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4 essential documents that you will come across during M&A transactions

4 essential documents that you will come across during M&A transactions

Drafting_for_Business_Deepa_Mookerjee.jpgLet us now learn to draft transactional documentation. All M&A transactions are not identical. Sometimes the drafting of definitive documentation begins before negotiations. Parties exchange the first draft of documents and then negotiate to resolve major outstanding issues. In other cases, parties begin to negotiate major issues even before the first draft is complete. They may either negotiate while the agreement is being drafted or commence drafting only after the major issues have been resolved. Irrespective of the approach, a lawyer’s job is to draft the best possible agreement to suit the clients’ needs.

Before starting to draft, it is important, especially as a junior lawyer, to understand the different documents that are typically used in various transactions. Once you are part of a corporate law firm, you will realise that the more senior lawyers will ask you to draft documents quickly and may not be able to spare the time to explain the nature of the document. You must be quick on your feet and read up as much as possible.

I will now discuss a few agreements that you will find most commonly in M&A transactions. Remember that since M&A transactions are of various types, this is not an exhaustive list.

1. Share purchase agreement

Dee Limited has two shareholders, A and B. A intends to sell its shares in Dee Limited to Karl Limited for a specified monetary consideration. This understanding between the parties will be recorded in a share purchase agreement (“SPA”), a legally binding agreement. This agreement is important as it contains all the terms and conditions relevant to the sale such as:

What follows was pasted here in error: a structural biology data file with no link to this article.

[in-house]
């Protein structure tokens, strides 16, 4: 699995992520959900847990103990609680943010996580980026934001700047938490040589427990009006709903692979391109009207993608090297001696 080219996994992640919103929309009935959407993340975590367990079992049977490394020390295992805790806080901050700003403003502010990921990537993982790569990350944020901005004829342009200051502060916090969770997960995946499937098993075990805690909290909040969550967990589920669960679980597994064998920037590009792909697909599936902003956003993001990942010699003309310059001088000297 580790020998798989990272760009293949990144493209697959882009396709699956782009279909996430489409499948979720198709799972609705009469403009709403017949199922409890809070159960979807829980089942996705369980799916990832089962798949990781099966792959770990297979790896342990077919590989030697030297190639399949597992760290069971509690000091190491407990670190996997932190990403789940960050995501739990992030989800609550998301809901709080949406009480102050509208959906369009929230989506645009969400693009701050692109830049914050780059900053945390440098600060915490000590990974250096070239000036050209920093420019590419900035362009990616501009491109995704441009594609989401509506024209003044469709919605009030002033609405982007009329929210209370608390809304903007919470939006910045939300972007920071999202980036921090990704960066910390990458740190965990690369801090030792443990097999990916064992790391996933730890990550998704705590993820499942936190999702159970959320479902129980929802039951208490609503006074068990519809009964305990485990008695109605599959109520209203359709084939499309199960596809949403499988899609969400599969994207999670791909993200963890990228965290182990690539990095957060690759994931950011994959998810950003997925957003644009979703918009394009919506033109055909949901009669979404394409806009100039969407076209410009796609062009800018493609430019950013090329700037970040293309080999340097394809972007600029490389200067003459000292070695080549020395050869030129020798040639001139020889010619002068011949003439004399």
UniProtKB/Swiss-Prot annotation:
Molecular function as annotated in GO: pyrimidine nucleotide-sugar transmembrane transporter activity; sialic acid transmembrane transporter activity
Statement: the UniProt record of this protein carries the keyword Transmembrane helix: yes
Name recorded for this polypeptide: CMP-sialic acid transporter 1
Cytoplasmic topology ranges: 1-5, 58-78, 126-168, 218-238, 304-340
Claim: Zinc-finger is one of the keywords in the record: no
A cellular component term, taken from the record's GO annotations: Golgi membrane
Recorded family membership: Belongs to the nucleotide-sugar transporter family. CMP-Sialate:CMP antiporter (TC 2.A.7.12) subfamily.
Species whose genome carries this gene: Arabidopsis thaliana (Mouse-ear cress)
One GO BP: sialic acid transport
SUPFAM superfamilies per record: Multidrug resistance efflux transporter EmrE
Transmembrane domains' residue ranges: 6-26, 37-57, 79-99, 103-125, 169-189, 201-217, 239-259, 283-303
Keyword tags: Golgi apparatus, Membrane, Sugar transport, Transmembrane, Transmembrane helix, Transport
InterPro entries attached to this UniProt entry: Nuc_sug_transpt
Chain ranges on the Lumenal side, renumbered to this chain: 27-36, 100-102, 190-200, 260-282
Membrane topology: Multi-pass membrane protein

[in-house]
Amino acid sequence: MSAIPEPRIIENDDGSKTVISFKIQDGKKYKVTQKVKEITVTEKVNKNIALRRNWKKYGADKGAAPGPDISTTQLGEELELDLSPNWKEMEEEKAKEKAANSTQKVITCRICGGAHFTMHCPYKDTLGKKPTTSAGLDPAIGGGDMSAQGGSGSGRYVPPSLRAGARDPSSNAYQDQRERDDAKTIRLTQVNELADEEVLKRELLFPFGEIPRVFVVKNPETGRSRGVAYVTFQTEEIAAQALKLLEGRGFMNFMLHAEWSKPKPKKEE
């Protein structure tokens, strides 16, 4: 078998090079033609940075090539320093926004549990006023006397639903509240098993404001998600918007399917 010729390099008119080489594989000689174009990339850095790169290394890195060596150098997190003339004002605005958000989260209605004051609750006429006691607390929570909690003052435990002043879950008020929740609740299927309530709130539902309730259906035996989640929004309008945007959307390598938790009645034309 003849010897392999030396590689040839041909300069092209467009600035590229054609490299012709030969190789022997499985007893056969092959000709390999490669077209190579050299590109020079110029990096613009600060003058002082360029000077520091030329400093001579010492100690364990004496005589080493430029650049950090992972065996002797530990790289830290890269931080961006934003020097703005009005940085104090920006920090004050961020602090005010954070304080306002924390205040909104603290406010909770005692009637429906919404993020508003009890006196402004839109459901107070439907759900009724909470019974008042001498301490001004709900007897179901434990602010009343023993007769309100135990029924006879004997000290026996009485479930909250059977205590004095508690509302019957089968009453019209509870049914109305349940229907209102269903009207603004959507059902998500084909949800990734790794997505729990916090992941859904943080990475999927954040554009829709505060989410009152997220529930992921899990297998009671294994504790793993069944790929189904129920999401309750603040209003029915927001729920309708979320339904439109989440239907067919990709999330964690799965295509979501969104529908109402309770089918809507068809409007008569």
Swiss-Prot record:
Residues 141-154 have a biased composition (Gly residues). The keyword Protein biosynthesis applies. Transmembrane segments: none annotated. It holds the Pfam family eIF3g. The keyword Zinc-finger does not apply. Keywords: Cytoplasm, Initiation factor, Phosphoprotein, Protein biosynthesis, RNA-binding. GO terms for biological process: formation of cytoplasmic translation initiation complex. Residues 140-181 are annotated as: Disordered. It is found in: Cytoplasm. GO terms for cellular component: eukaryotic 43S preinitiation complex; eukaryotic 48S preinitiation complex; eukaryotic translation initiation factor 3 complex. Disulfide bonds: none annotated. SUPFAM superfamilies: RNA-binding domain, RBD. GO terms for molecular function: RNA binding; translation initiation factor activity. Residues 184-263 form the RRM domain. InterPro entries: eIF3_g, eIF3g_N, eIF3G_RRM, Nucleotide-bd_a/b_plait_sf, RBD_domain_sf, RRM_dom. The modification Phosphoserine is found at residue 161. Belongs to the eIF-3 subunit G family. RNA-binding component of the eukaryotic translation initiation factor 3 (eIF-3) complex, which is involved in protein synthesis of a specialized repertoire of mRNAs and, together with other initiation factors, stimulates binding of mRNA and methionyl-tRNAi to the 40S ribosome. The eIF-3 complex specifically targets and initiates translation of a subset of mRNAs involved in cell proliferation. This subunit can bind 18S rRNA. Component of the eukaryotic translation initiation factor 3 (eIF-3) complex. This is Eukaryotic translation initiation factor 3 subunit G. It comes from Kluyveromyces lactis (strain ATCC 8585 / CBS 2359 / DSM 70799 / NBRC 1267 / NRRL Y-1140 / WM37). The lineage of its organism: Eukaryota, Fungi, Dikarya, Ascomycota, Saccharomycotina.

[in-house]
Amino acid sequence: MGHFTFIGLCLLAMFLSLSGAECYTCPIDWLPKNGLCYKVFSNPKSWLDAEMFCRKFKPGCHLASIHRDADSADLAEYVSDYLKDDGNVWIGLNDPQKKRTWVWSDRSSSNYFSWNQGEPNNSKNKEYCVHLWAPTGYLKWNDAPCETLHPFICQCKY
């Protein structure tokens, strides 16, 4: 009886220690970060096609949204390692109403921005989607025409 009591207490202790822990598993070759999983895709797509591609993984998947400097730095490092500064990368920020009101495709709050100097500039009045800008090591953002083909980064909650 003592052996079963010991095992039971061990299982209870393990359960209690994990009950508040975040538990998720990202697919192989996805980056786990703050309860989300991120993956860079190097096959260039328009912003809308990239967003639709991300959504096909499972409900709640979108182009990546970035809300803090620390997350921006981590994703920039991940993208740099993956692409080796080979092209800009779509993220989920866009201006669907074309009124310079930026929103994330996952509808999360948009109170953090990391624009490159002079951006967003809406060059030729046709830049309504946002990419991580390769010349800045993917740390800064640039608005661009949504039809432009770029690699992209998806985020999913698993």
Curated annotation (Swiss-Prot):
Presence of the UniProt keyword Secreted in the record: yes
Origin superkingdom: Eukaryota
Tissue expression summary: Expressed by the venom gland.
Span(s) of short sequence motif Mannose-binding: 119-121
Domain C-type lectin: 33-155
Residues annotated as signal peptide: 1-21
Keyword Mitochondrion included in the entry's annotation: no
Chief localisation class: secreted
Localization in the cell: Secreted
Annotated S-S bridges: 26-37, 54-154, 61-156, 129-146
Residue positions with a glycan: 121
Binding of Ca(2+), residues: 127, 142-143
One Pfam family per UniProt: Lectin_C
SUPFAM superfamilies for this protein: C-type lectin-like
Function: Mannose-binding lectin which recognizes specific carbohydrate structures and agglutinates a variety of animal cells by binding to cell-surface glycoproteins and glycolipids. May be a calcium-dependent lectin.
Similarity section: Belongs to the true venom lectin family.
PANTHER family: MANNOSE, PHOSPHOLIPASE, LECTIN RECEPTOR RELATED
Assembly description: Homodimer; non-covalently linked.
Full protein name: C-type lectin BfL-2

(a) the exact description of the sale (including the number of shares, the names of the seller and the purchaser, and the consideration for the sale);

(b) the conditions that must be satisfied before the sale takes place;

(c) the date on which the sale will be completed;

(d) the manner in which the transfer will be made;

(e) any indemnities or protections available to the parties;

(f) the representations and warranties made by either party; and

(g) the conditions upon which the agreement will terminate.

The parties to a SPA are typically the seller, the purchaser, and the company whose shares are being sold. Often shareholders who may not be selling their shares may be also be a party to the agreement if specific consents are required from them for the transfer to take place.

2. Share subscription agreement

A new investor C wishes to invest in Dee Limited, the company in the example above. However, instead of purchasing shares held by A and B, Dee Limited will issue fresh shares to C. In other words, C will subscribe to fresh shares in Dee Limited. This understanding is typically recorded in a share subscription agreement (“SSA”). A SSA is similar in nature to a SPA. The only difference is the subject matter of the agreement. A SPA is executed when there is a transfer of shares from a shareholder to an investor while a company executes a SSA in case of a fresh issue of shares.